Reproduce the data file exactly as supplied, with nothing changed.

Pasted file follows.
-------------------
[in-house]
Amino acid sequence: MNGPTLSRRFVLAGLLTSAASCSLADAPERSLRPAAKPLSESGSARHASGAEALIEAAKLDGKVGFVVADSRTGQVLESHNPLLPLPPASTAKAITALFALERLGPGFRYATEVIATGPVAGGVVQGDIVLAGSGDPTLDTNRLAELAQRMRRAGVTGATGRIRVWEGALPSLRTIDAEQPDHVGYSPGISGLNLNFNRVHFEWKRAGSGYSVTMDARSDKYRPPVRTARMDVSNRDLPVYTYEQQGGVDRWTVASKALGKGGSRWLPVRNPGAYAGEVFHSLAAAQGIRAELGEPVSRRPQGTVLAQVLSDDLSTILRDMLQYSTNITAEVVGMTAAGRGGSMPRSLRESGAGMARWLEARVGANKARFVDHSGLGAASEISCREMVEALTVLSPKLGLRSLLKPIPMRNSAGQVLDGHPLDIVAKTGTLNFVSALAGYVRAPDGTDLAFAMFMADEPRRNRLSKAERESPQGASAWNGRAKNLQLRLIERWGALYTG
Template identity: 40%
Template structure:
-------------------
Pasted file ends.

[in-house]
Amino acid sequence: MNGPTLSRRFVLAGLLTSAASCSLADAPERSLRPAAKPLSESGSARHASGAEALIEAAKLDGKVGFVVADSRTGQVLESHNPLLPLPPASTAKAITALFALERLGPGFRYATEVIATGPVAGGVVQGDIVLAGSGDPTLDTNRLAELAQRMRRAGVTGATGRIRVWEGALPSLRTIDAEQPDHVGYSPGISGLNLNFNRVHFEWKRAGSGYSVTMDARSDKYRPPVRTARMDVSNRDLPVYTYEQQGGVDRWTVASKALGKGGSRWLPVRNPGAYAGEVFHSLAAAQGIRAELGEPVSRRPQGTVLAQVLSDDLSTILRDMLQYSTNITAEVVGMTAAGRGGSMPRSLRESGAGMARWLEARVGANKARFVDHSGLGAASEISCREMVEALTVLSPKLGLRSLLKPIPMRNSAGQVLDGHPLDIVAKTGTLNFVSALAGYVRAPDGTDLAFAMFMADEPRRNRLSKAERESPQGASAWNGRAKNLQLRLIERWGALYTG
Template identity: 40%
Template structure: